The impact of social media on modern communication is becoming ever more evident. For me this was brought home again a few days ago when I spent a whole day in London all focused around discussions about Twitter. This would have been unheard of just six months ago – spending time in London on issues such as Twitter and Facebook.
It was the success of #GMP24 that led to the visit to the capital, first to a meeting at the Cabinet Office and then later to attend the Golden Twit awards. Why has the 24 hour campaign had such a lasting impact? I believe it is because it was such a simple campaign that was perfectly suited to Twitter and was an example of openness and transparency. It was something that signified how public sector agencies need to start to work.
From the visit and the discussions it was clear that PR and communication professionals are looking at ways to use social media more effectively and the key to achieving this is to have comprehensive ways to evaluate the activity. There is no simple solution to this ongoing challenge. After listening to a number of presentations about possible applications that can be used to support Twitter and develop evaluation I came to the conclusion that you have to know how you want to use the network before you can identify the most suitable evaluation tool.
But you have to be clear what is being said about you or your organisation across all networks before you start to outline the social media strategy. It then may raise issues of where to focus efforts which in turn will highlight applications and tools that you may need to use.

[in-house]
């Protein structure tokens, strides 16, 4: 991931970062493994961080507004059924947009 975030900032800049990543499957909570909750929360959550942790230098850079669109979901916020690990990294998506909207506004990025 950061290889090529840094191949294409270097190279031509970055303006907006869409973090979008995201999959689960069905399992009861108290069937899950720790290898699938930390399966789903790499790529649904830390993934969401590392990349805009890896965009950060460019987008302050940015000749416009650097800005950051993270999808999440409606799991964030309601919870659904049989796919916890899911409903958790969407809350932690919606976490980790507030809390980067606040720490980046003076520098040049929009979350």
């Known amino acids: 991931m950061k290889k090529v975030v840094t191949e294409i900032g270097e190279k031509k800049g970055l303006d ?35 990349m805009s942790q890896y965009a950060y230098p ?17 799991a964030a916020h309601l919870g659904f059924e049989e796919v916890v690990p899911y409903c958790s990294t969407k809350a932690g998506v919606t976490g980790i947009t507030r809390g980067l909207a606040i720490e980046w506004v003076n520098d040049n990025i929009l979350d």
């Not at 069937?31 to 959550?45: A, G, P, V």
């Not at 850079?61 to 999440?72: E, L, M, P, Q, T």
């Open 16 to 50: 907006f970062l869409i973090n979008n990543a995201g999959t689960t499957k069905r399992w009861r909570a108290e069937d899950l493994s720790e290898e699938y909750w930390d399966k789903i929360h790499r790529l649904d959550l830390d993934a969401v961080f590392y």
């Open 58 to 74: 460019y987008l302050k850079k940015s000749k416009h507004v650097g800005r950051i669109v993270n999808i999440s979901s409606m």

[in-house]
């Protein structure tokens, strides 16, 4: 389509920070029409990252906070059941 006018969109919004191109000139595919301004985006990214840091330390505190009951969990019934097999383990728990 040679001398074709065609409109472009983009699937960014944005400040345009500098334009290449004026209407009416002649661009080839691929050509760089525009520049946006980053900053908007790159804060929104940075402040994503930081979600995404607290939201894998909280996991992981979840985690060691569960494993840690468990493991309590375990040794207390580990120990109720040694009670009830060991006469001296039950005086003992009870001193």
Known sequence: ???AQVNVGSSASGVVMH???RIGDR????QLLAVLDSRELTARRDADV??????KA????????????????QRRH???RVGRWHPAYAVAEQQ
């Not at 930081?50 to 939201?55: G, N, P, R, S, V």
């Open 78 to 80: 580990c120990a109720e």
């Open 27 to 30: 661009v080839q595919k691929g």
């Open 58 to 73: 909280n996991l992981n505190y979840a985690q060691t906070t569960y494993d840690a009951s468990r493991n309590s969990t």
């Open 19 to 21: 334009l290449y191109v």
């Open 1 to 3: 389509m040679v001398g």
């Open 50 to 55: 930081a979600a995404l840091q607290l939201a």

I have said on many occasions in this blog about how important evaluation is to communication. In these days of cutbacks and financial challenges the evaluation of communication activity is being raised up the agenda. Being able to evaluate the impact of your social media strategy is going to be essential. How many organisations have linked strategy and evaluation so that they can drive their on-line presence?
Perhaps when communication professionals start to do that, we would see the use of Facebook or Twitter as more than just entertaining it would be seen as critical to the business.
In the aftermath of #GMP24 it was not the two Golden Twit awards that was the most important result. It was the combined audience of 78,742 that was reached during the 24 hour period, the 21,000 people who viewed the activity through the GMP website and the fact that there are still more than 17,000 followers on Twitter that were key results in the evaluation. All those say more about the success of the activity than anything else.
The challenge as we go forward remains how to evaluate our activity on social media sites. The impact of social media is clear but there is more to do if we are to be able to explain this to the chief executives and bosses so they understand and support activity. But as communication professionals we are doing it and will do it – there is no alternative if we are to secure the future.